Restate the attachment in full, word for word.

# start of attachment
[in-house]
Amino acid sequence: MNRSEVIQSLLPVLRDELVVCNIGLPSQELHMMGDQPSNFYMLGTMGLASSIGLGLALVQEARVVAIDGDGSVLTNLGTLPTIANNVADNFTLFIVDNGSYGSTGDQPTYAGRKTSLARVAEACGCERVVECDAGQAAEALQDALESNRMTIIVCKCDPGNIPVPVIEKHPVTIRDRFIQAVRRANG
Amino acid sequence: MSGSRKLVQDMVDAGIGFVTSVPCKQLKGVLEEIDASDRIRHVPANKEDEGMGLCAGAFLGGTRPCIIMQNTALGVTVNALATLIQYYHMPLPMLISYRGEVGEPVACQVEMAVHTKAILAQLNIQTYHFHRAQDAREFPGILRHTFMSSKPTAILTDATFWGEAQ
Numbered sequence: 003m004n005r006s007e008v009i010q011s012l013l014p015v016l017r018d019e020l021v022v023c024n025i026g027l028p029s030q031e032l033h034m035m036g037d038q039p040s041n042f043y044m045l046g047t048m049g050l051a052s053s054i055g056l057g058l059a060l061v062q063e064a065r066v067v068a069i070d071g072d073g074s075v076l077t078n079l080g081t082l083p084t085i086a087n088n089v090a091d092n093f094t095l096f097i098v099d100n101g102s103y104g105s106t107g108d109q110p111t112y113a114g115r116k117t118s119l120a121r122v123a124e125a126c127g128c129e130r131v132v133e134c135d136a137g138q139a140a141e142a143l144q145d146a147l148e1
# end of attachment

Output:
[in-house]
Amino acid sequence: MNRSEVIQSLLPVLRDELVVCNIGLPSQELHMMGDQPSNFYMLGTMGLASSIGLGLALVQEARVVAIDGDGSVLTNLGTLPTIANNVADNFTLFIVDNGSYGSTGDQPTYAGRKTSLARVAEACGCERVVECDAGQAAEALQDALESNRMTIIVCKCDPGNIPVPVIEKHPVTIRDRFIQAVRRANG
Amino acid sequence: MSGSRKLVQDMVDAGIGFVTSVPCKQLKGVLEEIDASDRIRHVPANKEDEGMGLCAGAFLGGTRPCIIMQNTALGVTVNALATLIQYYHMPLPMLISYRGEVGEPVACQVEMAVHTKAILAQLNIQTYHFHRAQDAREFPGILRHTFMSSKPTAILTDATFWGEAQ
Numbered sequence: 003m004n005r006s007e008v009i010q011s012l013l014p015v016l017r018d019e020l021v022v023c024n025i026g027l028p029s030q031e032l033h034m035m036g037d038q039p040s041n042f043y044m045l046g047t048m049g050l051a052s053s054i055g056l057g058l059a060l061v062q063e064a065r066v067v068a069i070d071g072d073g074s075v076l077t078n079l080g081t082l083p084t085i086a087n088n089v090a091d092n093f094t095l096f097i098v099d100n101g102s103y104g105s106t107g108d109q110p111t112y113a114g115r116k117t118s119l120a121r122v123a124e125a126c127g128c129e130r131v132v133e134c135d136a137g138q139a140a141e142a143l144q145d146a147l148e1